In the Wall Street Journal, Byron Tau reports that the Justice Department now acknowledges that it secretly surveilled former Trump campaign adviser Carter Page for far longer than was justified.
Tau writes: “The Justice Department made that determination in a December letter to the secret court that oversees surveillance of suspected foreign spies, acknowledging it may have lacked probable cause to continue wiretapping in the last two of the four surveillance applications it sought against Mr. Page.”
This is a positive step in getting at a clearer non-partisan portrait of the FBI’s runaway investigation of the Trump campaign’s alleged Russia connections. But the truth is that a still fuller portrait must involve the admission that even the initial FISA warrant to surveil Page was unjust.
And there’s reason to hope that we’ll get there eventually. In the January 7 judicial order that reveals the Justice Department’s admission, FISA Judge James Boasberg wrote: “DOJ assesses that with respect to the applications in Docket Numbers 17-375 and 17-679, ‘if not earlier, there was insufficient predication to establish probable cause to believe that [Carter] Page was acting as an agent of a foreign power.’”
“If not earlier,” indeed.
Federal prosecutor John Durham is currently conducting a criminal probe into the FBI investigation and might in time have something to say about the launch of the investigation into Page.
As Eli Lake meticulously recounts in “The FBI Scandal,” the lead article in COMMENTARY’s February issue, “The fact that Page was surveilled at all by the FBI is a scandal.”
Lake explains that “the central piece of evidence in the surveillance warrant on Page” was the so-called Steele Dossier, which contained uncorroborated tales alleging a Page-Russia alliance. Lake writes:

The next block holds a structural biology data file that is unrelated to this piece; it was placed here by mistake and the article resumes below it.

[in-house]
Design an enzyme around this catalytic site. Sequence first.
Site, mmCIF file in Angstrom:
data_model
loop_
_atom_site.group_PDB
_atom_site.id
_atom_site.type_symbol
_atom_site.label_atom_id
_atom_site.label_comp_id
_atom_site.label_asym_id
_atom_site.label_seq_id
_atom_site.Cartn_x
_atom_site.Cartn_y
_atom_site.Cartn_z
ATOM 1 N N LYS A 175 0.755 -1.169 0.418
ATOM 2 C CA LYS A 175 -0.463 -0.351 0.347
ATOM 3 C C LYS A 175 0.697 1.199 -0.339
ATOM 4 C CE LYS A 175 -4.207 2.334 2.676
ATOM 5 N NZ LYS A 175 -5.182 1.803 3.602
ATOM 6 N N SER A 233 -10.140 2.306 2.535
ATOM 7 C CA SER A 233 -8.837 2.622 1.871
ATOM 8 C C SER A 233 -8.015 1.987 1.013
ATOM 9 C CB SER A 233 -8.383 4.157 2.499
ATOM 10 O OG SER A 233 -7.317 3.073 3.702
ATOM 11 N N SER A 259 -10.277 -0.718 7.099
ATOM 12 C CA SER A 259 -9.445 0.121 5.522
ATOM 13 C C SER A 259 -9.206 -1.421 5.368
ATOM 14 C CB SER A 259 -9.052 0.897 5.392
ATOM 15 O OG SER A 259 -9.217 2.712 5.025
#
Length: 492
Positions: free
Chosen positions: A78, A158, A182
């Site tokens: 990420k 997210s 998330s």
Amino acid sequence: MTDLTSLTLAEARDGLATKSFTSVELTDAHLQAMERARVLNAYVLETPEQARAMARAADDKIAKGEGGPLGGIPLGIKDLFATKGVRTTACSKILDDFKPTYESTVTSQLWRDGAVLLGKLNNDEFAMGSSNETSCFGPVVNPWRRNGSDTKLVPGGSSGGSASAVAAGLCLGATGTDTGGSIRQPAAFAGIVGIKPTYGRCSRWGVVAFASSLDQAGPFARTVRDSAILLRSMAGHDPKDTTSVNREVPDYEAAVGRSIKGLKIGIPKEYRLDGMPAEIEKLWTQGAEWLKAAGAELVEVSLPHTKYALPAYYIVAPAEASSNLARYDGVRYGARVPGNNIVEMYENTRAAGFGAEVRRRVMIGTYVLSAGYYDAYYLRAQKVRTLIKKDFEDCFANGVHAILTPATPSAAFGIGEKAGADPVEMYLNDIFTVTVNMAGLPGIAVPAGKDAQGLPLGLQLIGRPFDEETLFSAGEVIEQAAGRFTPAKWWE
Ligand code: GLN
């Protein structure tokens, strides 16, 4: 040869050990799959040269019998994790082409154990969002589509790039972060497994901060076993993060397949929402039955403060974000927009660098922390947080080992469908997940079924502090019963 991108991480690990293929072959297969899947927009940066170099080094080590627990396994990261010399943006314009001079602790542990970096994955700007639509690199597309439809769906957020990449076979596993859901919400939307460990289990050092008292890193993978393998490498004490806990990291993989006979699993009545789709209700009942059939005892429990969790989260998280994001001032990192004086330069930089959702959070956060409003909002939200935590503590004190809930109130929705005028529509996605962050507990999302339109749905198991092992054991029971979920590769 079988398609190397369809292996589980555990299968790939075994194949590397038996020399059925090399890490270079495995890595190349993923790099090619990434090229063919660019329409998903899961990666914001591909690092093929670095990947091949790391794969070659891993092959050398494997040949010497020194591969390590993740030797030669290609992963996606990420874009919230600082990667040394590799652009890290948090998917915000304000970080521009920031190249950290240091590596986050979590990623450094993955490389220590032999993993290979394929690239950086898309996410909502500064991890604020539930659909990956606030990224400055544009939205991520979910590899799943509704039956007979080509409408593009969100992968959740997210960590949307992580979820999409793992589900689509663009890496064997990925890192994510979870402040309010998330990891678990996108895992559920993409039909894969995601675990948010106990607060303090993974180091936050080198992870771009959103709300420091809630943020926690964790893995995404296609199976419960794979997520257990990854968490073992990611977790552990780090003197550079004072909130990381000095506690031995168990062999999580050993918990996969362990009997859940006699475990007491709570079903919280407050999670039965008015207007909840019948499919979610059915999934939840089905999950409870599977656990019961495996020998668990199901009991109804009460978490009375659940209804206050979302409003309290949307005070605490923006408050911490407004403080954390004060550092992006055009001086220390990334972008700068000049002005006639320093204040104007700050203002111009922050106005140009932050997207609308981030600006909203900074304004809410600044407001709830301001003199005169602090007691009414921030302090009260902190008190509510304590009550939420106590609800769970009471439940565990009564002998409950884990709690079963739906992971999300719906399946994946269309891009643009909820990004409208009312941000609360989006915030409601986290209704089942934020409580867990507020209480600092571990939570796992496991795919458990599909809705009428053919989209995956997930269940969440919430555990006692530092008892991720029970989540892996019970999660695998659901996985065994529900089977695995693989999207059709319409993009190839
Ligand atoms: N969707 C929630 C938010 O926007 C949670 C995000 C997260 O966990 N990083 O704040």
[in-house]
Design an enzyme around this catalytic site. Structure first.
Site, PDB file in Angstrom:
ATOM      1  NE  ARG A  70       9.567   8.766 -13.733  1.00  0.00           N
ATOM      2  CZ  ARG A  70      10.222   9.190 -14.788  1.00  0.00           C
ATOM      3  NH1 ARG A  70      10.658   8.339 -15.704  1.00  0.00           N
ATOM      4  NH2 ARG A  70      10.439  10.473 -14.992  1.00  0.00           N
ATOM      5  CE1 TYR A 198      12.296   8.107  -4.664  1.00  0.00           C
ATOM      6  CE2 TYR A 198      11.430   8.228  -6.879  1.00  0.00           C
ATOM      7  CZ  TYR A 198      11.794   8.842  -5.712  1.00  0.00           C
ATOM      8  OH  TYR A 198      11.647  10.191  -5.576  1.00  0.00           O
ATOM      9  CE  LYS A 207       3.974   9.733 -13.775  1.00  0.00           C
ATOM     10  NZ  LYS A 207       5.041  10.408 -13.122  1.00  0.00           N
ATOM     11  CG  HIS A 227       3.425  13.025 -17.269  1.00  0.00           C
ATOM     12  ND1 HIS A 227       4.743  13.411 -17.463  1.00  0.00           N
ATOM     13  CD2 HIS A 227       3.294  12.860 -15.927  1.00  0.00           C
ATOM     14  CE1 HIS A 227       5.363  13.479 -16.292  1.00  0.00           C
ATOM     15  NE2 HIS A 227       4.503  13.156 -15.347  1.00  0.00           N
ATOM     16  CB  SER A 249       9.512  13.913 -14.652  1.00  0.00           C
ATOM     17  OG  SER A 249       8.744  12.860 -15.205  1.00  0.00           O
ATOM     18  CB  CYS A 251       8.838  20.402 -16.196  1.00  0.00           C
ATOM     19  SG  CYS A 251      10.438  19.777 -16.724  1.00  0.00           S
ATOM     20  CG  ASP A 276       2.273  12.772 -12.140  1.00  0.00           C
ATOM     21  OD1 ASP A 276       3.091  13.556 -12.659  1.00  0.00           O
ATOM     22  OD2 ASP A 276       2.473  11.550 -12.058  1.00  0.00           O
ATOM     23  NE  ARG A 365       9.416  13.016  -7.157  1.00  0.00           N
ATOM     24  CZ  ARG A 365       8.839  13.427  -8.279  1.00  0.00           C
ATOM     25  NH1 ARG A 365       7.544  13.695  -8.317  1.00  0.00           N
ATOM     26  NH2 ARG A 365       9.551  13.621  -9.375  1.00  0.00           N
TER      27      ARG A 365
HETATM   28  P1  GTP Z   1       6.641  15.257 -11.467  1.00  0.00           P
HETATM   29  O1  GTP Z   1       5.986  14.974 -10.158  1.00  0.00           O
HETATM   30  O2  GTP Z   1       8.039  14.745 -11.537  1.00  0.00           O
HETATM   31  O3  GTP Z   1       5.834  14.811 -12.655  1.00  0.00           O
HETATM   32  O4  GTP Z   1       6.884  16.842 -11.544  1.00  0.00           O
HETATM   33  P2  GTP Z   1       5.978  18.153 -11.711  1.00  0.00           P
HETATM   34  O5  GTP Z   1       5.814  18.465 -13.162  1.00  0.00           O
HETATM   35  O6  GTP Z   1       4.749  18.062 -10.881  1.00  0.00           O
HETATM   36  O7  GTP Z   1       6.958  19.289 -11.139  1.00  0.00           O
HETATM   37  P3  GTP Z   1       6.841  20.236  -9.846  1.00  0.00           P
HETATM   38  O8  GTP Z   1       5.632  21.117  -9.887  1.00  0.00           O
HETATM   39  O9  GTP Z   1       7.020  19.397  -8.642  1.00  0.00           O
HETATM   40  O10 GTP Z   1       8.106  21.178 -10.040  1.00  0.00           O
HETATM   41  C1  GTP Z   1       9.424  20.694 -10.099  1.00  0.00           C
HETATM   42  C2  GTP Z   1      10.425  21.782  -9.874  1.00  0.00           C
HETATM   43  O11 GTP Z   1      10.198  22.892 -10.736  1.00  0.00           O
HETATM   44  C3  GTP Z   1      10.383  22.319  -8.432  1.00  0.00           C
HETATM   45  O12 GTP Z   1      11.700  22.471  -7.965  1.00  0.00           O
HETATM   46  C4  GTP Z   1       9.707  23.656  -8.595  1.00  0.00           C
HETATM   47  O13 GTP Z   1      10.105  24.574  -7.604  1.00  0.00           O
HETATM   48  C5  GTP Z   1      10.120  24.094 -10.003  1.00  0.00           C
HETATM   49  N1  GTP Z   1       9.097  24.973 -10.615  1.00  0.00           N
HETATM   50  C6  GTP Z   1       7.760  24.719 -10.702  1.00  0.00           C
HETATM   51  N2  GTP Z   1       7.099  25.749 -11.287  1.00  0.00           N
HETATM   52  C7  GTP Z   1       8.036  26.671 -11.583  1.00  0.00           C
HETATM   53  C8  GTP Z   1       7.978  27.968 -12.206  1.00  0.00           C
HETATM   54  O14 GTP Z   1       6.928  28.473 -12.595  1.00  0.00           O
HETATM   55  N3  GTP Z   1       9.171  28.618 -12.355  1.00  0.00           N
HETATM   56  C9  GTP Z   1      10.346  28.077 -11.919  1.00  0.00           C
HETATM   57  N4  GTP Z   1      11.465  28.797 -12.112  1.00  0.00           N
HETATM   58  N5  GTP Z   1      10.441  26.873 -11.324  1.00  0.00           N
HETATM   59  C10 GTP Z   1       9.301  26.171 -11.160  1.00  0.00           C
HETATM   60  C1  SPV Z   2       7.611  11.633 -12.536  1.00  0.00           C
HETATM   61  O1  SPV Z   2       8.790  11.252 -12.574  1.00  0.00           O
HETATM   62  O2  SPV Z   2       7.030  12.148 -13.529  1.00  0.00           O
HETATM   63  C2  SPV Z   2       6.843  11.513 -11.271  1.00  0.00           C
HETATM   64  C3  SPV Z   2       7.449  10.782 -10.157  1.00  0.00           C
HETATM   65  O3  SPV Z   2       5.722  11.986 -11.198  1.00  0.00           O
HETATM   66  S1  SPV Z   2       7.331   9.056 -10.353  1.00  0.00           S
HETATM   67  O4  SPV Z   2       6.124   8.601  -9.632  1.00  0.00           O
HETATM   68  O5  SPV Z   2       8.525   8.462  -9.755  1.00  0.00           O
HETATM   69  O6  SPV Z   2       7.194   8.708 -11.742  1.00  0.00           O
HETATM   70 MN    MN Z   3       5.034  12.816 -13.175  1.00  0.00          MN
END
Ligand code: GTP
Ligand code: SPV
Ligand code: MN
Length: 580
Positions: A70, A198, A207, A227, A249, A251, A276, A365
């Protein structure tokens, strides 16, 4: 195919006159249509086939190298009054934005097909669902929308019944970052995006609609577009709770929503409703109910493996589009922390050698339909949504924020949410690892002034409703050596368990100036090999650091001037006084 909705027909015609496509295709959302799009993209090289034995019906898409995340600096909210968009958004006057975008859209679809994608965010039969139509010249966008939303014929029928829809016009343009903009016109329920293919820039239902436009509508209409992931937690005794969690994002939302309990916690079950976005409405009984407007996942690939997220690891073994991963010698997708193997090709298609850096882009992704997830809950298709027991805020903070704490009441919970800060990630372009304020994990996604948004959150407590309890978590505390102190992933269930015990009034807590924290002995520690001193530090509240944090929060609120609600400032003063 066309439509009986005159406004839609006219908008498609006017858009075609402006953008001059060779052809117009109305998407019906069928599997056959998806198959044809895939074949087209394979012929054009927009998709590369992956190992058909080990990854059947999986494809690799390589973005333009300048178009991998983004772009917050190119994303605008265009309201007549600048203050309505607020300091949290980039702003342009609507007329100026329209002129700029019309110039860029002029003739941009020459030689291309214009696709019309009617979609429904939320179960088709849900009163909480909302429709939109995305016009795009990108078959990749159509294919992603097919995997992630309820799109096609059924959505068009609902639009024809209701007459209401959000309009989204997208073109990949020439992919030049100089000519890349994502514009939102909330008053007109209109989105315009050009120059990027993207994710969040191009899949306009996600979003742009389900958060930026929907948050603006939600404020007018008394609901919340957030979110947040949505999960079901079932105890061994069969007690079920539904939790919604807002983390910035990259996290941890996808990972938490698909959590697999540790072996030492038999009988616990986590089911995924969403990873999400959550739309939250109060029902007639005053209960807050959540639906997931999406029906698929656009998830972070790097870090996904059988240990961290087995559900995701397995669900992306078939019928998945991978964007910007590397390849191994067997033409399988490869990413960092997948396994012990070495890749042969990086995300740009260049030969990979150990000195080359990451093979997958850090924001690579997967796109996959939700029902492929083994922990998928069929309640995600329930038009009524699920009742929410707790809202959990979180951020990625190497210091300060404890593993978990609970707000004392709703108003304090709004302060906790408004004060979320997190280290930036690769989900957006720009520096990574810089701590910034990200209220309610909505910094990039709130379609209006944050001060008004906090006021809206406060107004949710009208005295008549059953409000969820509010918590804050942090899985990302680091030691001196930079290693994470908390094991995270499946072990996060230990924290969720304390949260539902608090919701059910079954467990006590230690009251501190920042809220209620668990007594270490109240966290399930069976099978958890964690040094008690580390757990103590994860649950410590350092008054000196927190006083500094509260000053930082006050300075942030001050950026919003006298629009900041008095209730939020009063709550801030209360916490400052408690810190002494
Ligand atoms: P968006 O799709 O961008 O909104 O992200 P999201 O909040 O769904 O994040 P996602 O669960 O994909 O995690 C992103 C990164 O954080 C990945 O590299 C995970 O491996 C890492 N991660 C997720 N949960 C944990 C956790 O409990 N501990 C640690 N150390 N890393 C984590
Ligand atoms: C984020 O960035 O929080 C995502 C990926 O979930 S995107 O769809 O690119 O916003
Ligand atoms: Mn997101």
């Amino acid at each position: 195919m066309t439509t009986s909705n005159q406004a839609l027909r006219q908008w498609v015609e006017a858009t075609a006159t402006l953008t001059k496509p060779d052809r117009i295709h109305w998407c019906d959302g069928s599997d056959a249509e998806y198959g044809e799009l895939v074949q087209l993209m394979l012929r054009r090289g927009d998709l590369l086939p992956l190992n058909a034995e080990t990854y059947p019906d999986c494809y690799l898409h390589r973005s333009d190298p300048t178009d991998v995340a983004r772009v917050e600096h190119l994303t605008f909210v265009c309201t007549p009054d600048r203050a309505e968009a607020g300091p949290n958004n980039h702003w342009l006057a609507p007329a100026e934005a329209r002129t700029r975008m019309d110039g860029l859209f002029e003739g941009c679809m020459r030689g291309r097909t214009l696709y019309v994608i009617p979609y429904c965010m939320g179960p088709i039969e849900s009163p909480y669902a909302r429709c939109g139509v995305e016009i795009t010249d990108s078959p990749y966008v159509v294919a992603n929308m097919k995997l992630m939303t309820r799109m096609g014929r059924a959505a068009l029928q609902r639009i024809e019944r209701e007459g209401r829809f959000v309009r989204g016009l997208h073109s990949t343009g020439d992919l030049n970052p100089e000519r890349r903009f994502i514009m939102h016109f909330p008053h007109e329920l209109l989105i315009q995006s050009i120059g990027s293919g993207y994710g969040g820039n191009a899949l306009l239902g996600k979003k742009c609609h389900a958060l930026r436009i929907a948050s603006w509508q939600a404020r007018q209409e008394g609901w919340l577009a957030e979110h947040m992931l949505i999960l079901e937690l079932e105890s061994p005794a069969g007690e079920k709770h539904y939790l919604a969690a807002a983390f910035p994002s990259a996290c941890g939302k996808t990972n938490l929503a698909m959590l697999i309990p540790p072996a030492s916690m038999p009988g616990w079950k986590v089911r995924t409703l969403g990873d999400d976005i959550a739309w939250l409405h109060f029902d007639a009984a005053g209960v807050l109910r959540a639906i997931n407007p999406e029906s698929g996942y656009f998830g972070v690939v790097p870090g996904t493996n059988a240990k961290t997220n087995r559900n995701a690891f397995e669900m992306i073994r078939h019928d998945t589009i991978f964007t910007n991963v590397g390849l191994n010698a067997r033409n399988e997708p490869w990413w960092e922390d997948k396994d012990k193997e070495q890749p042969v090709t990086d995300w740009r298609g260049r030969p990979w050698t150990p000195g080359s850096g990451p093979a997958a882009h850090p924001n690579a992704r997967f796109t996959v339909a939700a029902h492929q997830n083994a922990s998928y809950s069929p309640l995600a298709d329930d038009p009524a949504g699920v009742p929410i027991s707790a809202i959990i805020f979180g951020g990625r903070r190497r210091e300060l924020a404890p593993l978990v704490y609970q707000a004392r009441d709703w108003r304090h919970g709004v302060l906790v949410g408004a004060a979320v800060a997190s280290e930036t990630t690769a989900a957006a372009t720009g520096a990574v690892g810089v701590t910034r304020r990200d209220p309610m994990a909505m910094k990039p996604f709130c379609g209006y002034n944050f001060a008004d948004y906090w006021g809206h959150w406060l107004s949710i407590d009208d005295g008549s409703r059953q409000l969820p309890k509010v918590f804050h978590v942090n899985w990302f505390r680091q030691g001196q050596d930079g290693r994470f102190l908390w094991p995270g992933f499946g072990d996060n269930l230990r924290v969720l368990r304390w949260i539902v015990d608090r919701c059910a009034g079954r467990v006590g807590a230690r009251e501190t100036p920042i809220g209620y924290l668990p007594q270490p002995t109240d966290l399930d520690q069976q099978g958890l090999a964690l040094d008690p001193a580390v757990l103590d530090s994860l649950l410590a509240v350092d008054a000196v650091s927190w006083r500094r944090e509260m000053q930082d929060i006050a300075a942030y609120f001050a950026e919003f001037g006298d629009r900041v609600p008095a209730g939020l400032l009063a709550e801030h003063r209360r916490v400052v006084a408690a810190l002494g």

Without question, the FBI should have been more skeptical of Steele’s reporting before submitting it to the surveillance court. After all, Page…told the FBI informant that he had never met with the senior Russian officials with whom Steele reported he had met. Page said these things in conversations with someone he did not know was working for the FBI and did not know was surreptitiously recording him. Oh, the Page warrant did contain elements of Page’s conversation with the informant, such as his prediction of an October surprise against Hillary Clinton’s campaign and his hope that he would get Russian funding for a think tank he wanted to start. It just failed to include the parts of the conversation that exonerated him.
The importance of revealing the FBI’s wrongdoing here goes well beyond scoring points in the Trump–anti-Trump warfare that’s consumed the country. It’s about ensuring that what happened to an innocent American citizen like Carter Page doesn’t happen again. Lake writes: “while the electronic surveillance of Page did not begin until after he had left the campaign in October 2016, the FBI was given license to comb through his past texts, emails, and phone records.”
And there’s more, much more, that went wrong during the course of the investigation. Read the “The FBI Scandal” for a thorough examination of the bureau’s misdeeds.